I said I would say something nice about Lambie, and I will; she deserves acknowledgement for answering a direct question, even if the answer was less than desirable. She didn’t try to hide behind a wall of obfuscation and for that at least, readers should pay credit — even though it seems her backers are just as unfit for purpose as she is a worthy candidate to sit in the Senate.
But whatever you think of Lambie — a nice girl I’m sure, if limited — there is no praise forthcoming for other, more credible candidates who perhaps forgot the answer to the same question when asked.
I’m sure it won’t surprise readers that not one of the six — Nick Xenophon, Bob Katter, Cathy McGowan, Glenn Lazarus, Andrew Wilkie or Tony Windsor — even bothered to acknowledge the contact, let alone respond.
I just wanted to hear it from the horses’ mouths, with plenty of media coverage in recent times having suggested most or all of these candidates had taken union donations. Pauline Hanson wasn’t asked (I don’t know if she has an official Twitter presence and, if she does, whether it is manned). Derryn Hinch, I understand, has not accepted union donations, although I am happy to be corrected if evidence materialises that he did.
But whilst I am prepared to publish, fulsomely, an acknowledgement on behalf of any of these candidates who can substantiate that no union monies have been received by themselves and/or their campaign funds, the insidious flow of union cash into the coffers of any of these individuals at all places a very large question mark over just how “independent” any or all of them are.
And this, in turn, brings me back to the central point: the determination to evade any official oversight on the part of the union movement — using the ALP as an accomplice and an accessory before the fact — but also an apparent attempt by Trades Hall to rig the election altogether, by purchasing the allegiance of those it believes stand a good chance of being in a position to block any Coalition legislation that seeks to bring them to account.
What do these candidates — Lambie included — think they are expected to do: hold a tea and scones morning to show their gratitude? Whether explicitly articulated, or implied on a wink and a nod, these donations serve no other purpose than to oblige parliamentary votes on relevant legislation if and when the time comes, and to provide the unions with mechanisms for leverage (read: thuggery and standover tactics) if whomever the gullible unfortunate, who merely though he or she was taking a token of generosity at face value, refuses to play ball.
It raises a chilling prospect: no longer content merely to treat the ALP as its plaything, and to use it as a vessel for carrying out the legislative work required to shield itself from any accountability whatsoever, the union movement (or at least, the most undesirable elements of it) now appears determined to rig an election altogether, by donating funds to multiple parties and individuals beyond the confines of the ALP, in what can only be interpreted as an attempt to begin to drive Coalition candidates out of electoral contention altogether on as widespread a basis as possible.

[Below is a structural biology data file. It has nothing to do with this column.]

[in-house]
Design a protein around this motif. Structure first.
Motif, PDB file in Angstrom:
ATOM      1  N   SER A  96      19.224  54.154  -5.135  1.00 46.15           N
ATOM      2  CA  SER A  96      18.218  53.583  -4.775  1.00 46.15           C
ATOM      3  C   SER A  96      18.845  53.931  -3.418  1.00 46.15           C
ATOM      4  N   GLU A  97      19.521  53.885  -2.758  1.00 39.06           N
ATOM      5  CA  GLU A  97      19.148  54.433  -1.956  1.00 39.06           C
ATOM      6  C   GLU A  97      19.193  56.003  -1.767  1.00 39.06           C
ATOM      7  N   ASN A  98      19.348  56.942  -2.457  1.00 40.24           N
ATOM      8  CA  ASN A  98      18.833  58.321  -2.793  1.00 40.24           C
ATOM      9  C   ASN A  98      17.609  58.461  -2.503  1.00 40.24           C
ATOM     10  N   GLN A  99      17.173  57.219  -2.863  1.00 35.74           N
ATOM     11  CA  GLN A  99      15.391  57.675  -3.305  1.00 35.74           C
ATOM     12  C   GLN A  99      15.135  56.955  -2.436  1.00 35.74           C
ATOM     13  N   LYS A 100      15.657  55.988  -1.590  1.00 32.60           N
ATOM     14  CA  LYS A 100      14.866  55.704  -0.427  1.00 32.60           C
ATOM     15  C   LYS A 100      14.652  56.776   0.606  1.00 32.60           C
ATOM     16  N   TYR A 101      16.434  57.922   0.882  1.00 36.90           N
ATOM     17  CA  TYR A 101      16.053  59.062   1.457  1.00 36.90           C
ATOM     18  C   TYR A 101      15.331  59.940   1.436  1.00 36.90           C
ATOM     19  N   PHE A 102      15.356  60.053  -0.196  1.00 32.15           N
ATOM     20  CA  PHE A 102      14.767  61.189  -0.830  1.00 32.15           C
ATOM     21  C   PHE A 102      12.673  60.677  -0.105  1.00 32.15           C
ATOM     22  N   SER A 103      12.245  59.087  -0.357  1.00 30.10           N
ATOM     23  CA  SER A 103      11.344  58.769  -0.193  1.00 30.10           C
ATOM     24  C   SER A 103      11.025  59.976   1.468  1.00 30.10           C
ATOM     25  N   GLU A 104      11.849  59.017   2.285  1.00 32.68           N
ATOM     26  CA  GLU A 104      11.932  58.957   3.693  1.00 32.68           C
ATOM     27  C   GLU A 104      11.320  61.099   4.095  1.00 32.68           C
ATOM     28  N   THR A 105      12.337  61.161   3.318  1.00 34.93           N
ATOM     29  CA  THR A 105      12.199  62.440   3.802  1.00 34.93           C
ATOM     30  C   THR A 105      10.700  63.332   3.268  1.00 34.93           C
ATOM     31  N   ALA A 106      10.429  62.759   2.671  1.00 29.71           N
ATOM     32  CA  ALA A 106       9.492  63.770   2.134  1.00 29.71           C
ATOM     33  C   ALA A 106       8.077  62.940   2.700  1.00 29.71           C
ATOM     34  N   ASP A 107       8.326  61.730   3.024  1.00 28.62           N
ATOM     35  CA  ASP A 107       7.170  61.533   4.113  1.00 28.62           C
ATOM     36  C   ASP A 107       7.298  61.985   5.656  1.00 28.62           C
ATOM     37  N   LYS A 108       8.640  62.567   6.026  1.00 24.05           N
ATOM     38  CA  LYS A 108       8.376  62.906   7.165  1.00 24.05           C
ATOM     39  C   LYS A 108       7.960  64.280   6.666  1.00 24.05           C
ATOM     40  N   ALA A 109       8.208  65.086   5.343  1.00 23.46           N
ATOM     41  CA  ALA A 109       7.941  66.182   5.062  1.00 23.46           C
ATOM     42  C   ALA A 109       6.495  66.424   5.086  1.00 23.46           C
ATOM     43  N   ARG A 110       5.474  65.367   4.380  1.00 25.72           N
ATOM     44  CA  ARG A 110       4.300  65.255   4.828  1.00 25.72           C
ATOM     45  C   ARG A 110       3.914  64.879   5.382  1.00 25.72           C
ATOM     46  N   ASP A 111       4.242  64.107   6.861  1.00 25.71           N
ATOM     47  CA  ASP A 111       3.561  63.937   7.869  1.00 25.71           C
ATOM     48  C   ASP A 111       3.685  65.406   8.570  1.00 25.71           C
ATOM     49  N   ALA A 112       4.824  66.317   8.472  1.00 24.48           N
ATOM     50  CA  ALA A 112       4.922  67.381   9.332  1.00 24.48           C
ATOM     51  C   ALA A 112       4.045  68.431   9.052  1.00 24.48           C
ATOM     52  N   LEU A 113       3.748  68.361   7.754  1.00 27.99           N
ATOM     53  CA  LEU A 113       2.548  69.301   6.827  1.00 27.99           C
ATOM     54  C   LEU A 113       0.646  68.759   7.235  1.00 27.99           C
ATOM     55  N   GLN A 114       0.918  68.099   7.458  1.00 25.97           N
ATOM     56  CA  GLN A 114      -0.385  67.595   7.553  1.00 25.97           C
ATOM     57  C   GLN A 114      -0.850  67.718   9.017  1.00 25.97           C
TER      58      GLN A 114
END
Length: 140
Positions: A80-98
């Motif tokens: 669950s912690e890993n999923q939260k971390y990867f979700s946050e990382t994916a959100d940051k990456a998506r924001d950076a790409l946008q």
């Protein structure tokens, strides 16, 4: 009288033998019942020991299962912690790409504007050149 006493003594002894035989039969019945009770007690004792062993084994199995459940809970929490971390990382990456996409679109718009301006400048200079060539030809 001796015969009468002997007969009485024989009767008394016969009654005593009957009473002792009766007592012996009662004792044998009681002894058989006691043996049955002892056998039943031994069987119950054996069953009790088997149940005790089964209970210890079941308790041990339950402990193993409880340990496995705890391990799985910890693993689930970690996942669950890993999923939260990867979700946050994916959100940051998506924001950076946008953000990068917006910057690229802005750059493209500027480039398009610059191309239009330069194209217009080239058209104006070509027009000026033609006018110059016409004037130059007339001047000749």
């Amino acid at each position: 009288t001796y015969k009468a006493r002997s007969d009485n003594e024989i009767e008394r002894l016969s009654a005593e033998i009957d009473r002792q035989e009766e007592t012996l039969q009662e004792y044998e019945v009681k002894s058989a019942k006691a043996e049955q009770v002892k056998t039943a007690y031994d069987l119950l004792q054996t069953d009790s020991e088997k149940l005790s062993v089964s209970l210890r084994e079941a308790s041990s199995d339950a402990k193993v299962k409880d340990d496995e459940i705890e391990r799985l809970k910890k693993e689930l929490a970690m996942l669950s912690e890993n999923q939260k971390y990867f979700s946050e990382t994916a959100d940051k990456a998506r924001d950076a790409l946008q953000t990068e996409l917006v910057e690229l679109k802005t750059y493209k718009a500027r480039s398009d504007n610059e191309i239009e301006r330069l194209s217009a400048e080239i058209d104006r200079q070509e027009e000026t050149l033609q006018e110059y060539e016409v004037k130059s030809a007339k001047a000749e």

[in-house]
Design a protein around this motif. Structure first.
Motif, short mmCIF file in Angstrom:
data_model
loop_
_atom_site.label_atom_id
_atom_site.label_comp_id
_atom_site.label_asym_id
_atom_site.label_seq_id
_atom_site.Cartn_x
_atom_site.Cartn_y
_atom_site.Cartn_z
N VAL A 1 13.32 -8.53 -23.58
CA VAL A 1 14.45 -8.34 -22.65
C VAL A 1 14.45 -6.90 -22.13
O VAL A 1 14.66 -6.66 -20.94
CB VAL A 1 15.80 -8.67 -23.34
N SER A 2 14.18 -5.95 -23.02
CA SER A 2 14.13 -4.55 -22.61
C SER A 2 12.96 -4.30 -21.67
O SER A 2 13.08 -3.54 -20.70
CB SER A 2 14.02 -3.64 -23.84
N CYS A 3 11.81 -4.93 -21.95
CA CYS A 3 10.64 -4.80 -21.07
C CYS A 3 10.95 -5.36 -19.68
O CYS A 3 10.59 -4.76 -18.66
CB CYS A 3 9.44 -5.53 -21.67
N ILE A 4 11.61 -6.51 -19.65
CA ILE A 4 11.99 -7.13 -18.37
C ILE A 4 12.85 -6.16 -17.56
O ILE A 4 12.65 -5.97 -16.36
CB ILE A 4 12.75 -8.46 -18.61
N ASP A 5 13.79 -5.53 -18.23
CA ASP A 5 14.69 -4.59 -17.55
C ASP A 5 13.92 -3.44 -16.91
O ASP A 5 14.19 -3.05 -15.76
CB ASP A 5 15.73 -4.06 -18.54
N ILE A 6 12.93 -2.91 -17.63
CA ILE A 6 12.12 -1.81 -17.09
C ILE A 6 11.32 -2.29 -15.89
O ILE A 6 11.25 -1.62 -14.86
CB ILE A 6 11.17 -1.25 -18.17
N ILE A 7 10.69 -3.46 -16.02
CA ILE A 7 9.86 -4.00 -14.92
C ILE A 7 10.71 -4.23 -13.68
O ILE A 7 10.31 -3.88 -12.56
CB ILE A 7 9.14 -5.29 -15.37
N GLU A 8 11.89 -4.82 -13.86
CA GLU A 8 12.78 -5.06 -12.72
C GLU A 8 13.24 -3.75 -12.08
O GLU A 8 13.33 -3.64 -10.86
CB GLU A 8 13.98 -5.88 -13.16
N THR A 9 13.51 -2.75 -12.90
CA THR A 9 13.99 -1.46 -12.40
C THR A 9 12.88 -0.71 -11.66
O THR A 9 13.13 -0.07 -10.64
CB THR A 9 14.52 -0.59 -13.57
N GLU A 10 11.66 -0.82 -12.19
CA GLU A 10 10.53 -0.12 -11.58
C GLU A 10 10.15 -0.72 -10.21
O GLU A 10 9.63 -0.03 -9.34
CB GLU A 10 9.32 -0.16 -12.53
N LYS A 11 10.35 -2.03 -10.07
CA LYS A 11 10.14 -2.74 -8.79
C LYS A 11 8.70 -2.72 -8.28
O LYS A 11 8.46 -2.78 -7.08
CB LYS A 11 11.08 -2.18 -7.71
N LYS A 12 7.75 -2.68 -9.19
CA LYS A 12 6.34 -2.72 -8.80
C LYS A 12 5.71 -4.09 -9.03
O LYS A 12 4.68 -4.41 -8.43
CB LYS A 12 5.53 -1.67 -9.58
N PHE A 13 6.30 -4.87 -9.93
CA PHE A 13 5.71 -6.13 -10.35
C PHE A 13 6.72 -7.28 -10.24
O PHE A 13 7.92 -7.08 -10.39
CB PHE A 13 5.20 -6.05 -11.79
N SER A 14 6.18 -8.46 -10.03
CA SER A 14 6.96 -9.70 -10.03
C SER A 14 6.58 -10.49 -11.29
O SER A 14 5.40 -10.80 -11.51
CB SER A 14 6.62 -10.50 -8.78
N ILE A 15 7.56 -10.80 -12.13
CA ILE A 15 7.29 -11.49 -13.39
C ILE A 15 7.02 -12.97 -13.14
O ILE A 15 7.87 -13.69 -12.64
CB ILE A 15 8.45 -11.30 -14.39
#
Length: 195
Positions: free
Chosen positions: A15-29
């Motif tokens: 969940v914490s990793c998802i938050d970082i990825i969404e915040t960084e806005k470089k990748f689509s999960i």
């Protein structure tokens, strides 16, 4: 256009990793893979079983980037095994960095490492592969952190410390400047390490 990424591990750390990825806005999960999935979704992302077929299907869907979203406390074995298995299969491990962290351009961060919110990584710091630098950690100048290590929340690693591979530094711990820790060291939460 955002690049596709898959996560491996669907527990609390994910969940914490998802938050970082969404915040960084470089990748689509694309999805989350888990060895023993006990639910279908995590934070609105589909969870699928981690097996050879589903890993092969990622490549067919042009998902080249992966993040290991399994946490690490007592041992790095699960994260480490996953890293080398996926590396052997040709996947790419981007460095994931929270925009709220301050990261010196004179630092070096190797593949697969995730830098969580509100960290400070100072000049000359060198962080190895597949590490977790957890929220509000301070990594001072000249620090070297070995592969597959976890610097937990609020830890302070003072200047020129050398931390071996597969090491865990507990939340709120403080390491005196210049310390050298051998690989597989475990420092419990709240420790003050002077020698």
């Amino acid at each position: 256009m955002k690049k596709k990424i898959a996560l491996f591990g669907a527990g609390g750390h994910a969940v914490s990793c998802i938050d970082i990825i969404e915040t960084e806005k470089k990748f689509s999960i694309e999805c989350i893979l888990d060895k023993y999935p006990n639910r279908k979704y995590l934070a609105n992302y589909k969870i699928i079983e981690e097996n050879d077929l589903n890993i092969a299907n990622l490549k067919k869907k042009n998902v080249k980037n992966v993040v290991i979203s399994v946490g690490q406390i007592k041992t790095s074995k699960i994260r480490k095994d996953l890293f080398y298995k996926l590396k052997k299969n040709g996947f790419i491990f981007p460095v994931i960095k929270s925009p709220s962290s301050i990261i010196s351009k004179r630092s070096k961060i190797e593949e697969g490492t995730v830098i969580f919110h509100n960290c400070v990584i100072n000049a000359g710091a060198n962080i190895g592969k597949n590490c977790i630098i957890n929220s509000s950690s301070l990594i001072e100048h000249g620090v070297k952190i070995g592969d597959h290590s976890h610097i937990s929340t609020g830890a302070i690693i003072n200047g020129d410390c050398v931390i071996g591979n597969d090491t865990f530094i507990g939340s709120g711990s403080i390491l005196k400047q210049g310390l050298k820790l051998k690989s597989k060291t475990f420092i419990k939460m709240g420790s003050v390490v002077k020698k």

For all the talk of campaign finance reform at the ALP and the Greens (which, conveniently, always excludes union money from any consideration of the matter), an obvious first step would be to ban any donor — corporate, union or private citizen — from giving money to any more than one political party (or independent campaign) at any given election: and in fact, such a restriction would go some way to cleaning up the regime of political donations at a stroke.
Of course, no such step will be championed by the Left now; its newest strategy is to spread the dosh around as widely as possible, and this is just another manifestation of behaviour that might be technically legal, but can hardly be construed as democratic.
And of course, no union can be accused of criminal misconduct if there is nobody or nothing to investigate and prosecute the misdemeanour in the first place; state Police forces are stretched enough as it is without having this kind of responsibility lobbed at them, and in any case — as I said earlier — most of the breaches that would be involved are not state matters at all.
Which is pretty much everything the unions, and their sock puppets at the ALP, are trying to engineer.
For now. I mean, who knows what might come next if this latest outrage isn’t jumped on and stamped out?
Yet having secured a double dissolution on union misconduct and the need to restore the ABCC — a promise for which a mandate was obtained in 2013, and which was more than validated by the findings of the Heydon Royal Commission — the Coalition, in round terms, has said nothing about the unions, the ABCC, or anything else to do with the lawless and evasive nature of these entities that really are the absolute filth of Australian society nowadays for the duration of this election campaign.
At some point in the future, the volume of money spent at elections will see the Coalition outgunned, overall, by multiples: and a majority of that money, the longer this practice is permitted to continue, will eventually emanate from the militant unions who think they own and control Australia.
It’s about time the government started talking about these matters while there remains time before the election to do so. After all, the recipients of the union monies are — Lambie excluded — obviously too ashamed or sensitive to admit the donations, and if the Coalition is serious about cleaning up union behaviour at all, this would be a reasonable place for it to begin a conversation.
But it won’t. You know it won’t.